That's it. The owner didn't even include his name. How's that for ownership?
"And at the end of the day, it's not about the chocolate, it's not about running your best time, it's about people getting to the start line, getting to the event and getting home safely." I agree that yes, I expect to get home safely from every race I participate in but isn't racing about going out and trying your best?? I realize racing against your best time isn't always the goal but for the majoirty of people who race, getting a good time is the whole point of forking over $45+ to do the race. I know I'm never going to win a race but that doesn't mean I'm not out there to race against myself.
"I think most runners know that races involve a number of logistics. If you look back to the 2007 Chicago Marathon, they had to shut it down. At mile 17, they said, 'Sorry, it's too hot, people are dying,' and no one was issued a refund. That is something that runners know. It's unfortunate that we failed the D.C. running community, but with the fixed costs of this event, it doesn't allow for a refund," Wallace said. Did this a$$clown really just compare the Hot Chocolate race to the 2007 Chicago Marathon (for non marathoners, the temperatures climbed to over 88 degrees and the shut down the race after 3.5 hours)?? What went down in Chicago was out of the race promoter's control and they did the right thing by cancelling the race. EVERYTHING that happened at the Hot Chocolate race could have been prevented.
Monday, December 5, 2011
I did my usual 3 minute warm up and then set that sucker at race pace, 12:45. I ran a mile and took a 3 minute walk break. The shins were giving me a fit again. I can't seem to find any rhyme or reason it the shin pain. Sometimes it hurts, sometimes it doesn't. Oh well. The walk break seemed to help so I inched up the pace to 12:30 and then 12:15 and hung out for at least two miles. I was feeling pretty good throughout as I made my way toward 5 miles.
I was trucking along when the darn treadmill started to time out on me. The treadmills at the gym do an automatic cool down once you get to 55 minutes. I didn't realize this though because I keep a towel over the display of the treadmill (or else I will agonize over how long it feels like I'm on the devil's machine) and missed the cool down message and all of the sudden the treadmill went from 12:45 to 15:00. I nearly did a face plant into the display. It started a 5 minute countdown and then I knew it would shutdown and I'd need to restart the machine. I figured if I just sped up, then I might make it to the 5 mile goal within one hour. I increased the pace to 11:45...and then 10:45. My lungs were on fire as the clock counted down. With only .15 to go, the treadmill shut off. Boo! I nearly fell again but quickly restarted so I could get in that last .15. I was a woman on a mission. I needed 5 miles and by gawd I was going to get to 5 miles.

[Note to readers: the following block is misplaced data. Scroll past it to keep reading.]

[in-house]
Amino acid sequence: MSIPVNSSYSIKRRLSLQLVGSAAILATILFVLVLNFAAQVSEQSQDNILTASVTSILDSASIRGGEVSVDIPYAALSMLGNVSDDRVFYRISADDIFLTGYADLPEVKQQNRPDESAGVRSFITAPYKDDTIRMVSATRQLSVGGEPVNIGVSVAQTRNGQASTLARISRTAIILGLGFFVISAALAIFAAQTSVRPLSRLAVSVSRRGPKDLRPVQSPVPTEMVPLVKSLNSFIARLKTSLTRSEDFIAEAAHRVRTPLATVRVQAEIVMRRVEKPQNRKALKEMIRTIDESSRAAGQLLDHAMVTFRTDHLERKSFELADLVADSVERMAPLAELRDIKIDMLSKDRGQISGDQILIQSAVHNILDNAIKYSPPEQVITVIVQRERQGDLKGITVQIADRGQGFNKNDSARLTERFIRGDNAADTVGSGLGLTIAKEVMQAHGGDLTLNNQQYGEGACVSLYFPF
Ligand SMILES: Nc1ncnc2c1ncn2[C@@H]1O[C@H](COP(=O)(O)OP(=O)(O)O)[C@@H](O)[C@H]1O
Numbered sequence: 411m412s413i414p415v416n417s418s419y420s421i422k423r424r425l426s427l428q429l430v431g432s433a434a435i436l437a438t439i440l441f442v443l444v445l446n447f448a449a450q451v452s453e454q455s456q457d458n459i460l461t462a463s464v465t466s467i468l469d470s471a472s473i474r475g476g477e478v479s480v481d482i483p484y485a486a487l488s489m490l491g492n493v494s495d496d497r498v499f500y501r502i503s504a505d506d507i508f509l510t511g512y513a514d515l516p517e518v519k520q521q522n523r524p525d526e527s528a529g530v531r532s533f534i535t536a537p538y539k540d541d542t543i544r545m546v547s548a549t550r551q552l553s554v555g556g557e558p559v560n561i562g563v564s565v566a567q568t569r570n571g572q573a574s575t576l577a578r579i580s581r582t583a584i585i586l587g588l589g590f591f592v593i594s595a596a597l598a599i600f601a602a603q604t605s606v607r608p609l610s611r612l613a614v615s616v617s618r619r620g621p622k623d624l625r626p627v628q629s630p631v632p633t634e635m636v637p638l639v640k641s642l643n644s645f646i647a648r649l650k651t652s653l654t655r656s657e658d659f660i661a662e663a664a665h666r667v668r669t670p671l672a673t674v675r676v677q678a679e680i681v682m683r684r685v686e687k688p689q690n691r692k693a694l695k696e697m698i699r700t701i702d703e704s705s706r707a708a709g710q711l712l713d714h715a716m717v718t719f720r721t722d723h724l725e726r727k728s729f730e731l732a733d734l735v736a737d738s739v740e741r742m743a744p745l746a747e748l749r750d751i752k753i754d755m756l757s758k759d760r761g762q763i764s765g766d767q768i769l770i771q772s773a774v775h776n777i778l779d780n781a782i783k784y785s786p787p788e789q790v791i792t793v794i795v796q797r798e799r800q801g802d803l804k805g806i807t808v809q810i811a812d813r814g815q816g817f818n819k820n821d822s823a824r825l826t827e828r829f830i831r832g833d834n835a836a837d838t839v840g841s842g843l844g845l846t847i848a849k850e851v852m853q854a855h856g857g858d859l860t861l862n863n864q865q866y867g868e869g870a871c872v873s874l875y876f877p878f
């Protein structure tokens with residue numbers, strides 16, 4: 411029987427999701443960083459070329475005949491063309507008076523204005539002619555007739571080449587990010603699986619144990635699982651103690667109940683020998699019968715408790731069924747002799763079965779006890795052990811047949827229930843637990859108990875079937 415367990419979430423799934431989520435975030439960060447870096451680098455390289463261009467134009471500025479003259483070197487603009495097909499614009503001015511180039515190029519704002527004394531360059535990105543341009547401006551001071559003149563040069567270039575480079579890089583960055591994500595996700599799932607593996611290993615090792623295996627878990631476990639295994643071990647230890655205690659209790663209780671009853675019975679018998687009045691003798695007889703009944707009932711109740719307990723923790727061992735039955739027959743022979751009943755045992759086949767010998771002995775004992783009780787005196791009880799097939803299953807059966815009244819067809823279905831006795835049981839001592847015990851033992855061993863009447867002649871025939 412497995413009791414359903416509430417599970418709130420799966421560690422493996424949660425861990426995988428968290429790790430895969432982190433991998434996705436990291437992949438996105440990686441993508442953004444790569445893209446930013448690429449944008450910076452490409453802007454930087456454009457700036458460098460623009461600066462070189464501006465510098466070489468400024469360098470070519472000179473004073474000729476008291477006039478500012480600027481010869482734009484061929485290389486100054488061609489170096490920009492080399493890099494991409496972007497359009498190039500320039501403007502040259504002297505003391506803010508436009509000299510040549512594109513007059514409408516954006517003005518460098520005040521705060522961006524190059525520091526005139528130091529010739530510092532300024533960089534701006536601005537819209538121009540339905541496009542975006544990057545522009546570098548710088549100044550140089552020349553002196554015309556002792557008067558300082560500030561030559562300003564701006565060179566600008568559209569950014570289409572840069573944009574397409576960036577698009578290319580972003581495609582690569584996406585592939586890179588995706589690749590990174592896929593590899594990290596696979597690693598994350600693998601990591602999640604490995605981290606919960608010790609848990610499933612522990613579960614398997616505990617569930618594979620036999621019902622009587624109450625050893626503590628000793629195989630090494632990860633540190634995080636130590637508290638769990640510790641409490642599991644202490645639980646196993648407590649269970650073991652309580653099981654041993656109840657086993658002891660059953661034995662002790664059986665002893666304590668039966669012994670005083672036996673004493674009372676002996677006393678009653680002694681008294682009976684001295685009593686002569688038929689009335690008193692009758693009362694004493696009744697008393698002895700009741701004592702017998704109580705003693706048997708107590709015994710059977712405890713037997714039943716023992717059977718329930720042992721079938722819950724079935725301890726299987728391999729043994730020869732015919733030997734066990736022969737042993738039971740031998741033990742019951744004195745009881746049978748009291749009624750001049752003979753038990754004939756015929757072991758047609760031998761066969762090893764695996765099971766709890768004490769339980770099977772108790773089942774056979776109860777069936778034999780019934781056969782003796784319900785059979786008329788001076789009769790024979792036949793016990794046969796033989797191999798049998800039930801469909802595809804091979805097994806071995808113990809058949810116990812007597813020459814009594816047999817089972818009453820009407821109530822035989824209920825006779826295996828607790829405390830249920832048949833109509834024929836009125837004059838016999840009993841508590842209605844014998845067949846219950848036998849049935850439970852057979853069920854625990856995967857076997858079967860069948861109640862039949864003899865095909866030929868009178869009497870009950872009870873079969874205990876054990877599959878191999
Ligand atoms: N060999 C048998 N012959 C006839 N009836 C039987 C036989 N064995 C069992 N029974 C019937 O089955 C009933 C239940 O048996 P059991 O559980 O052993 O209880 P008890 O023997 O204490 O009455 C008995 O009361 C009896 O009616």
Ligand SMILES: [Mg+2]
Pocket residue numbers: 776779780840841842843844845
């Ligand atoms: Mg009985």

So I wrapped up that 5 mile sweatfest in 1:01:45. Boom! That's well under race pace...but my towel usage was over the top. I literally had sweat dripping in my eyes for the last mile and it hurt so good. I ended up having a very appropriate shirt on as well....
Thursday, December 1, 2011
Despite random coughing fits (quite unfortunate during meetings and in the middle of the night), I made myself go to the gym last night. I haven't run since my 9 miler almost 2 weeks ago. I was still coughing throughout the day but with a 5K scheduled for Saturday, I really wanted to get in at least one run before the race. I headed to the gym with the game plan of: run if you can, but it you start coughing, walk. If you start hacking up a lung, make a run for the exit.
I did a 3 minute warm up and then set the treadmill at my goal race pace: 12:45. I held on for nearly 3 miles at that pace without coughing up a lung! My shins didn't give me much trouble. My left hip got a little cranky by 2.5 but I ignored it and continued. In honor of the 5k on Saturday, I stopped at 3.1 miles in a total of 40:11. My average pace was brought down by my warm up and cool down but the actually running time was spent at race pace, so I was pleased. And also surprised that it didn't feel horrible after being off for several days.
So why am I calling it the Garlic 5k? I got home from work a little later than normal so I was hungry when I got home so I opted to eat dinner before the workout. The Pilot is home and had dinner ready for me: pasta, salad and garlic bread. Have I mentioned that I love that man? Anyways, despite allowing time to digest, I spent 3.1 miles tasting garlic. Ick. I'm sure my treadmill neighbors really appreciated me....such a classy runner I am.